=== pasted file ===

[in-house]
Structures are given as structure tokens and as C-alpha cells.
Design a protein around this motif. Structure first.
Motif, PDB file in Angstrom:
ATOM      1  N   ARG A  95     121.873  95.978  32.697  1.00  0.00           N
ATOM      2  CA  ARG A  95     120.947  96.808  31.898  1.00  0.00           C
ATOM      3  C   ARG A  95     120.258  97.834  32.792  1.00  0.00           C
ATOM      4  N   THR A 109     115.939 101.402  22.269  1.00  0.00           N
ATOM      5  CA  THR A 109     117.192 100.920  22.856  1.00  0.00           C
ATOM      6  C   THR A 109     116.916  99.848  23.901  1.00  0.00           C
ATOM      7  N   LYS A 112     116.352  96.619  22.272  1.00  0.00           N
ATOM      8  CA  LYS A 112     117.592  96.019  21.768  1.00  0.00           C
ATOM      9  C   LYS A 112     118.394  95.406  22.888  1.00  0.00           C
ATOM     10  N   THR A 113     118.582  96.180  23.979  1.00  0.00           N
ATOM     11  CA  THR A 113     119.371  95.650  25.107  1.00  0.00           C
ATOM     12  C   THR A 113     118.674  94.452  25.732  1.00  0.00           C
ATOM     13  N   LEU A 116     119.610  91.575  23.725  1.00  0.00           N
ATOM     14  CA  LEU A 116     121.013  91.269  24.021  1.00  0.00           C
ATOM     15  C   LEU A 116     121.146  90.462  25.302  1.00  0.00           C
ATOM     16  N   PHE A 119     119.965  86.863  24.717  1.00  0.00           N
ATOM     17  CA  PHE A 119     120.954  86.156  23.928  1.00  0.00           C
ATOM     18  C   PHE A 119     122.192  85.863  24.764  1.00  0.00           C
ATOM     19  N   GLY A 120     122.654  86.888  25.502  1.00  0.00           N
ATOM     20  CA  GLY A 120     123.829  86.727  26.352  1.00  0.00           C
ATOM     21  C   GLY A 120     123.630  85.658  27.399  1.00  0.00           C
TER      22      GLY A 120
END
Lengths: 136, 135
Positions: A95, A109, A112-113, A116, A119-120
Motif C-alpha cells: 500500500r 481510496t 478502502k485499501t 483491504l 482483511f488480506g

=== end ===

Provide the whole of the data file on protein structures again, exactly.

[in-house]
Structures are given as structure tokens and as C-alpha cells.
Design a protein around this motif. Structure first.
Motif, PDB file in Angstrom:
ATOM      1  N   ARG A  95     121.873  95.978  32.697  1.00  0.00           N
ATOM      2  CA  ARG A  95     120.947  96.808  31.898  1.00  0.00           C
ATOM      3  C   ARG A  95     120.258  97.834  32.792  1.00  0.00           C
ATOM      4  N   THR A 109     115.939 101.402  22.269  1.00  0.00           N
ATOM      5  CA  THR A 109     117.192 100.920  22.856  1.00  0.00           C
ATOM      6  C   THR A 109     116.916  99.848  23.901  1.00  0.00           C
ATOM      7  N   LYS A 112     116.352  96.619  22.272  1.00  0.00           N
ATOM      8  CA  LYS A 112     117.592  96.019  21.768  1.00  0.00           C
ATOM      9  C   LYS A 112     118.394  95.406  22.888  1.00  0.00           C
ATOM     10  N   THR A 113     118.582  96.180  23.979  1.00  0.00           N
ATOM     11  CA  THR A 113     119.371  95.650  25.107  1.00  0.00           C
ATOM     12  C   THR A 113     118.674  94.452  25.732  1.00  0.00           C
ATOM     13  N   LEU A 116     119.610  91.575  23.725  1.00  0.00           N
ATOM     14  CA  LEU A 116     121.013  91.269  24.021  1.00  0.00           C
ATOM     15  C   LEU A 116     121.146  90.462  25.302  1.00  0.00           C
ATOM     16  N   PHE A 119     119.965  86.863  24.717  1.00  0.00           N
ATOM     17  CA  PHE A 119     120.954  86.156  23.928  1.00  0.00           C
ATOM     18  C   PHE A 119     122.192  85.863  24.764  1.00  0.00           C
ATOM     19  N   GLY A 120     122.654  86.888  25.502  1.00  0.00           N
ATOM     20  CA  GLY A 120     123.829  86.727  26.352  1.00  0.00           C
ATOM     21  C   GLY A 120     123.630  85.658  27.399  1.00  0.00           C
TER      22      GLY A 120
END
Lengths: 136, 135
Positions: A95, A109, A112-113, A116, A119-120
Motif C-alpha cells: 500500500r 481510496t 478502502k485499501t 483491504l 482483511f488480506g